Candidates talk issues at forum
LEWISBURG — Candidates for 12th Congress agree that the U.S. needs to find better ways to work collaboratively to benefit all Americans.
Republican Fred Keller and Democrat Mark Friedenberg both want better paying jobs, expanded broadband service and improved education and health care to help the region as well as the nation forward.
They don’t necessarily agree with the same policies for achieving these goals.
The political forum at the Country Cupboard drew several hundred people who heard the candidates talk on issues ranging from the environment to immigration.
Keller, a state House member from Middleburg, made it clear while addressing different issues that less government is the best government.
Friedenberg, a Penn State University educator, was less critical of government policies.
In his opening statement, Keller told the audience he was someone who has “lived the American Dream.”
He said he came from a poor family and went to work after high school.
He managed to work his way up to the manager of a lumber company, while also starting his own property management business before later successfully running for state office.
Friedenberg described himself as a health care advocate who stands up for people.
He said the major problems of the 12th House District stem from its lack of opportunities for young people who leave the area for better opportunities elsewhere.
“The system no longer works for everyone,” he said.
He called for business incubators, which support budding entrepreneurs and expanded broadband to enhance education and health care.
Overall, he said it comes down to focusing on common goals.
Keller said people of the region are intelligent and hardworking.
“They don’t want government defining them,” he said.
He said they want good jobs too, but investments are needed in education and broadband and energy development.
The candidates were asked what Congress can do to solve the nation’s major problems.
Friedenberg said it involves having arguments without being combative.
Too many people, he said, are fearful — of losing their Social Security benefits and their jobs and lacking the ability to send their kids to college.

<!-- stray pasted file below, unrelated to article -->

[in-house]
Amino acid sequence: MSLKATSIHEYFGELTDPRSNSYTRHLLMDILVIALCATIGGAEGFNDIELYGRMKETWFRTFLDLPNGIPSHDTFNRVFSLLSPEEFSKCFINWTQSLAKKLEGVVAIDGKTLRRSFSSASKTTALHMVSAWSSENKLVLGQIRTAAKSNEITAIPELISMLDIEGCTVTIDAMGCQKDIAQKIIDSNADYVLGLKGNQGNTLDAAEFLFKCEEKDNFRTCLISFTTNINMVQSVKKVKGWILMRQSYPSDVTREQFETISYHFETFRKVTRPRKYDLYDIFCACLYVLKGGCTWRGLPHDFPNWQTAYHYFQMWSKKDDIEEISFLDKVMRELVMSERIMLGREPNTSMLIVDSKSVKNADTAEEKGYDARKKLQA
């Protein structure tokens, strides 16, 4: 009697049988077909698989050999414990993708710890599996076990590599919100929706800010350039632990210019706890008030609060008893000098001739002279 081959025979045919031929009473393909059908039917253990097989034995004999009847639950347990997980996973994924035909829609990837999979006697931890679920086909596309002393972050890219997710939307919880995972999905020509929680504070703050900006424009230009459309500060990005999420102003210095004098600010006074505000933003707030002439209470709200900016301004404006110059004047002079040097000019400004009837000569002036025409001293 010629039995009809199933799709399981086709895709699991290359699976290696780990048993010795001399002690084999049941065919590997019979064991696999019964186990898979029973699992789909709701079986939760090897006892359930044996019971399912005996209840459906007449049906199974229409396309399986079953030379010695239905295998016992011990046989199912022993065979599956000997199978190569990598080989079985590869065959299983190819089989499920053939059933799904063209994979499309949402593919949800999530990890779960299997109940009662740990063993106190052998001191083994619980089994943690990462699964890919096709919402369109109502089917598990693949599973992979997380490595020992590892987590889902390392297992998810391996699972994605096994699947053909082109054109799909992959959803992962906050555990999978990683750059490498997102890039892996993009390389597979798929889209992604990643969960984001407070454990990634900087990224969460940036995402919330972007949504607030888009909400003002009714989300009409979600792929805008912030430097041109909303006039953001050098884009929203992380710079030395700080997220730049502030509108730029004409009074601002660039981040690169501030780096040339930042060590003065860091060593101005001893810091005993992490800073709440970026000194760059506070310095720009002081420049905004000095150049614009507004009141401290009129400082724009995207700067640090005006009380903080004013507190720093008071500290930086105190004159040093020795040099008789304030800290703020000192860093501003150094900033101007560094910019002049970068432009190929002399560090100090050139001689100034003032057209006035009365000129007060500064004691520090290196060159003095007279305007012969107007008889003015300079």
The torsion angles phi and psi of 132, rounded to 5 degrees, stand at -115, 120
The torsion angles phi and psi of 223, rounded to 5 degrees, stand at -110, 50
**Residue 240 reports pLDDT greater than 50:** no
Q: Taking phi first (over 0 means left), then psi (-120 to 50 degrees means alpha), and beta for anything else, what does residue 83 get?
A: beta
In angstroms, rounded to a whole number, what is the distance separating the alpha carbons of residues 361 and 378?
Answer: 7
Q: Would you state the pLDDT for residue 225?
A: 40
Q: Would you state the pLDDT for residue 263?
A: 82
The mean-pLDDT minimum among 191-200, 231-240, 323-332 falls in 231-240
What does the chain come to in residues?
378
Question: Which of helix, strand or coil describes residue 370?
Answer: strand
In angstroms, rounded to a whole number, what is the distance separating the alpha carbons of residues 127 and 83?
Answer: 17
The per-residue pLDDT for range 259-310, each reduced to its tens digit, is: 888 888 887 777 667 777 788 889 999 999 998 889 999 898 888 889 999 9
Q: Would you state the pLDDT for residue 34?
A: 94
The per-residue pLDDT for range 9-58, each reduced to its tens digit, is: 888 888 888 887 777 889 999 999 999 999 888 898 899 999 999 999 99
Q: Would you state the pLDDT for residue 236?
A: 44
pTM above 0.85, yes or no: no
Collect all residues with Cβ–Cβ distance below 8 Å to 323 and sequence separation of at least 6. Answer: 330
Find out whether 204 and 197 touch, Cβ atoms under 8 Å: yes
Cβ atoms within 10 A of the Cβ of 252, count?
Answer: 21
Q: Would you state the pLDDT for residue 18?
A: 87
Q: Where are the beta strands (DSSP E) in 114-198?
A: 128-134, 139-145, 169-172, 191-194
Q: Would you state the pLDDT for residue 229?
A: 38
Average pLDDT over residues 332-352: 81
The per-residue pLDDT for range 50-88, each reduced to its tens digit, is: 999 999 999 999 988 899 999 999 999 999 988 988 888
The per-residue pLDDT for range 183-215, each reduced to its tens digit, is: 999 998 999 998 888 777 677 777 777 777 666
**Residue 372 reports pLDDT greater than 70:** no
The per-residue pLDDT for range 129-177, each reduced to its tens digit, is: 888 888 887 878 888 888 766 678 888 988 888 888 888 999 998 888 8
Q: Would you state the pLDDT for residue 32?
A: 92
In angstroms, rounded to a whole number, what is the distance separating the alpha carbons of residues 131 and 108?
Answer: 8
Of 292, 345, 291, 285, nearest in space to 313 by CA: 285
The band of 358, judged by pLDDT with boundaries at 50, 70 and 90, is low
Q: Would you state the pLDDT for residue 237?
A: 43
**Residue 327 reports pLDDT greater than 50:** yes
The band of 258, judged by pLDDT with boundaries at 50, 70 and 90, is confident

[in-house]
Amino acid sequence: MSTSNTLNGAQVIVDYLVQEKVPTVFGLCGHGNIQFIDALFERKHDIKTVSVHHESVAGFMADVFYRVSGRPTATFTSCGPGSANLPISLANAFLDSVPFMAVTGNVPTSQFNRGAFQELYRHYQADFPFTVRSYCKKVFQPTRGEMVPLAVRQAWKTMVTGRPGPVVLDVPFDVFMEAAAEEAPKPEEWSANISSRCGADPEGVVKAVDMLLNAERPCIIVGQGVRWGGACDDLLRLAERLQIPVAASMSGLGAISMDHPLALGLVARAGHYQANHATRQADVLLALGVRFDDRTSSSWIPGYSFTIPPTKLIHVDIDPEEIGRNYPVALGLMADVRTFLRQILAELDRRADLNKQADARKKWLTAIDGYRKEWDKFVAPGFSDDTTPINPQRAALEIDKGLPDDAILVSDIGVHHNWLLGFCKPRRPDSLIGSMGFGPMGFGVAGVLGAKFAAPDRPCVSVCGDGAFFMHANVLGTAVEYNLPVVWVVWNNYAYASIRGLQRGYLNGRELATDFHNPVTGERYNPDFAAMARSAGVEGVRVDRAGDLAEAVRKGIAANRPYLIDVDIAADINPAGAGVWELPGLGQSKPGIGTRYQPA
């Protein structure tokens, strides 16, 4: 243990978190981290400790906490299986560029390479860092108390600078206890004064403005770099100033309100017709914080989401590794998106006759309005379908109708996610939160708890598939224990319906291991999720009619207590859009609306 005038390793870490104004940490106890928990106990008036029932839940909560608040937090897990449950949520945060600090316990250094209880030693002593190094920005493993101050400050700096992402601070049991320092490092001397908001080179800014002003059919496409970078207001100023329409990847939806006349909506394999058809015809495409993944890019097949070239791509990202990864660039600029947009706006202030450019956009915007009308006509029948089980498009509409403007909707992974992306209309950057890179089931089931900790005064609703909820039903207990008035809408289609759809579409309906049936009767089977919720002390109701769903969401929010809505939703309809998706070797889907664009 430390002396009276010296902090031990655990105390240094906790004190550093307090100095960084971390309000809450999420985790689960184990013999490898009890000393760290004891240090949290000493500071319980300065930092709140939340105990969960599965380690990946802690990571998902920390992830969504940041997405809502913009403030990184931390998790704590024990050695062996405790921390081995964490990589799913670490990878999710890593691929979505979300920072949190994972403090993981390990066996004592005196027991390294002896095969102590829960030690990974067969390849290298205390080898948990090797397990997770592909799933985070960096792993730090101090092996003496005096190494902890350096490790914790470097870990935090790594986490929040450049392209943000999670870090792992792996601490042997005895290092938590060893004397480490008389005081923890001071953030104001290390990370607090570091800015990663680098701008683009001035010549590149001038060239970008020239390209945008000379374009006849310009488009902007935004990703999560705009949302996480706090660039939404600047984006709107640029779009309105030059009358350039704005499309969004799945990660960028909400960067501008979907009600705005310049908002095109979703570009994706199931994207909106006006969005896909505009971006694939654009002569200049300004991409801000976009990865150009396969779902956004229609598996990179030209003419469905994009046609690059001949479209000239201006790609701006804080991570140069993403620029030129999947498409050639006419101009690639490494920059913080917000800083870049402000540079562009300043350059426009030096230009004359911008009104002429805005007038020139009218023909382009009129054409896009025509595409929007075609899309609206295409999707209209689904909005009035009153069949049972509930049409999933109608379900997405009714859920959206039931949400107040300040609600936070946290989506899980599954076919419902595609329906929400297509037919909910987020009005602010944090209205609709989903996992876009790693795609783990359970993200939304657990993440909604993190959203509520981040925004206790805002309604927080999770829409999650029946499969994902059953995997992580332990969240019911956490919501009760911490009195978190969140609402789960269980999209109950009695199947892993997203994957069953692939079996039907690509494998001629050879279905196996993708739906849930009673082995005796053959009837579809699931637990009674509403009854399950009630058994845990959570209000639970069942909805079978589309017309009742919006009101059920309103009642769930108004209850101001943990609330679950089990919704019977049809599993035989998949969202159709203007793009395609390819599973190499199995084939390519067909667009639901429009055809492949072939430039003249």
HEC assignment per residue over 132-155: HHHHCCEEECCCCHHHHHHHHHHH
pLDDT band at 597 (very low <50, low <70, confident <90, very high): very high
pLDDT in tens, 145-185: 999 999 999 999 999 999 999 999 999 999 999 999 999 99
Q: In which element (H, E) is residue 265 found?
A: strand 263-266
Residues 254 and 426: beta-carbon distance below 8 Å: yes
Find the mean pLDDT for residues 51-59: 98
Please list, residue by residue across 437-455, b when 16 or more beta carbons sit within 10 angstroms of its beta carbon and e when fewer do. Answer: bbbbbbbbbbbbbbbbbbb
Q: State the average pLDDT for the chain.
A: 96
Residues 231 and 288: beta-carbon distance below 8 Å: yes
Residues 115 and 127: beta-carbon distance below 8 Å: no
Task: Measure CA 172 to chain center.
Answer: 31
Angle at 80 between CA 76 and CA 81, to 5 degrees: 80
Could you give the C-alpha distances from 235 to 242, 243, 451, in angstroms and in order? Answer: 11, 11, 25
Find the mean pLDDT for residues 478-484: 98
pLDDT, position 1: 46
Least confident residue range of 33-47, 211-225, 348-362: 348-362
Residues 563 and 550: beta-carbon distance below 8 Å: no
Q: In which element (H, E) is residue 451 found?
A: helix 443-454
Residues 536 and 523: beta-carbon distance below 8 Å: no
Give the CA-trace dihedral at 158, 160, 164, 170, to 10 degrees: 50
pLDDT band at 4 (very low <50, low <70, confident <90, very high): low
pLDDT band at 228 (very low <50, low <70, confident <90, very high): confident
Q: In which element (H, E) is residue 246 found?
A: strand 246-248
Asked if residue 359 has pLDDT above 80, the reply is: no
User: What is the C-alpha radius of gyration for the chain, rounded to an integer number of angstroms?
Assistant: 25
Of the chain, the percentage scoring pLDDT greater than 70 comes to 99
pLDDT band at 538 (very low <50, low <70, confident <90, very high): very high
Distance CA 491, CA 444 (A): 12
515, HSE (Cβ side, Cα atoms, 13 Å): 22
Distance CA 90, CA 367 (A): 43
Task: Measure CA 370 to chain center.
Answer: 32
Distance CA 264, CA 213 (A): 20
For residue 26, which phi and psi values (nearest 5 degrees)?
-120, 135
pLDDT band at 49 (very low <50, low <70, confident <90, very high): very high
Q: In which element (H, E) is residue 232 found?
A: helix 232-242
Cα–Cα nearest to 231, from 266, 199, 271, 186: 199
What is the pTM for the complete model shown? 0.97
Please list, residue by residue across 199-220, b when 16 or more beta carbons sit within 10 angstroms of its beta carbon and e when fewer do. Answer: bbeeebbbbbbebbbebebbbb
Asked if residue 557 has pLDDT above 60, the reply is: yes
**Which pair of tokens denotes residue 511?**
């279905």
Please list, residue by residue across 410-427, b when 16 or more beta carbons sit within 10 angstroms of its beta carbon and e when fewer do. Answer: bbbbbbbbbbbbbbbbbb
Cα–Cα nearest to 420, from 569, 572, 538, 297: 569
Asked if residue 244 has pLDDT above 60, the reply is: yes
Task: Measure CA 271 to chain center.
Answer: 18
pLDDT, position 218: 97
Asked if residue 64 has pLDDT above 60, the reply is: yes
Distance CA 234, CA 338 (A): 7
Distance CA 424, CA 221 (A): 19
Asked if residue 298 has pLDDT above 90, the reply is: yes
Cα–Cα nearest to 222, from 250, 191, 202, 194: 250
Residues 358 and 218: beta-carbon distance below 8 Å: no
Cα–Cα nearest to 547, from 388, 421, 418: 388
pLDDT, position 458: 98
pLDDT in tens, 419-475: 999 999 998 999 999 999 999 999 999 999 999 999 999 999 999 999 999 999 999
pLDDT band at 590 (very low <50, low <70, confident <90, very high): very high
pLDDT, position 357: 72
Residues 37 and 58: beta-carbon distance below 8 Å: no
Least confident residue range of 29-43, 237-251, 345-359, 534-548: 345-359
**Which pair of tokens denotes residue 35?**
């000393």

“We aren’t listening to each other,” he said. “It leads to demonization.”
Keller said people are tired of the gridlock in Congress.
He referred to the recent investigation of President Trump and the need for Congress to concentrate on the nation’s needs.
“My opponent says more investigations,” he said.
He said as a businessman he knows how to solve problems.
Candidates were asked about President Trump’s imposition of trade tariffs.
“The President’s approach may be unconventional but we have to give him some latitude,” Keller said.
Friedenberg said the U.S. — the nation with the biggest economy — must play fair with other countries.
He acknowledged nations such as China don’t always play by the rules.
“We need to look at industry leaders before imposing tariffs,” he said.
The candidates agreed that investments in infrastructure can help move the economy forward.
Friedenberg said he supports the formation of an infrastructure bank for funding such projects.
Keller pointed to his own efforts in the state House toward infrastructure investments.
But he said Gov. Wolf has pushed burdensome tax policies that make it hard for the state to realize such projects.
The candidates addressed Trump’s immigration and border security policies.
Keller called for a “physical barrier and boots on the ground.”
It comes down to closing the country to illegal immigration and opening it to legal immigration.
“We need a comprehensive policy,” he said.
Friedenberg said it’s a shame the issue has become a political football.
Everyone, he said, wants border security.
He called for ensuring the laws are being followed and having more judges to consider asylum claims.
Keller spoke out in opposition to the Green New Deal, a proposed stimulus program that aims to address climate change and economic inequality.
He said the Green New Deal isn’t about the environment, but rather government control.
Protecting the environment, Keller said, amounts to being responsible.
He pointed to his own efforts as a state representative to prevent a tire burning facility to operate in his district.
Friedenberg said environmental programs can mean a plus for the economy.
He pointed to his father, “a climate denier,” who had solar panels placed at his home because it meant long-term energy saving costs.
“If we support programs for different reasons, I can work with them,” he said. “We can be leaders in renewable energy.”
He said the U.S. has the skilled workforce to help the U.S. be energy independent.
Each candidate gave a closing statement.
Friedenberg said everyone must work together toward a common goal.
He said he can be the leader that brings about good legislation.
Keller said it’s all about a vision and for the people to define their government, rather than government defining its people.
That includes, he said, the nation’s health care, which must not be given over to the government.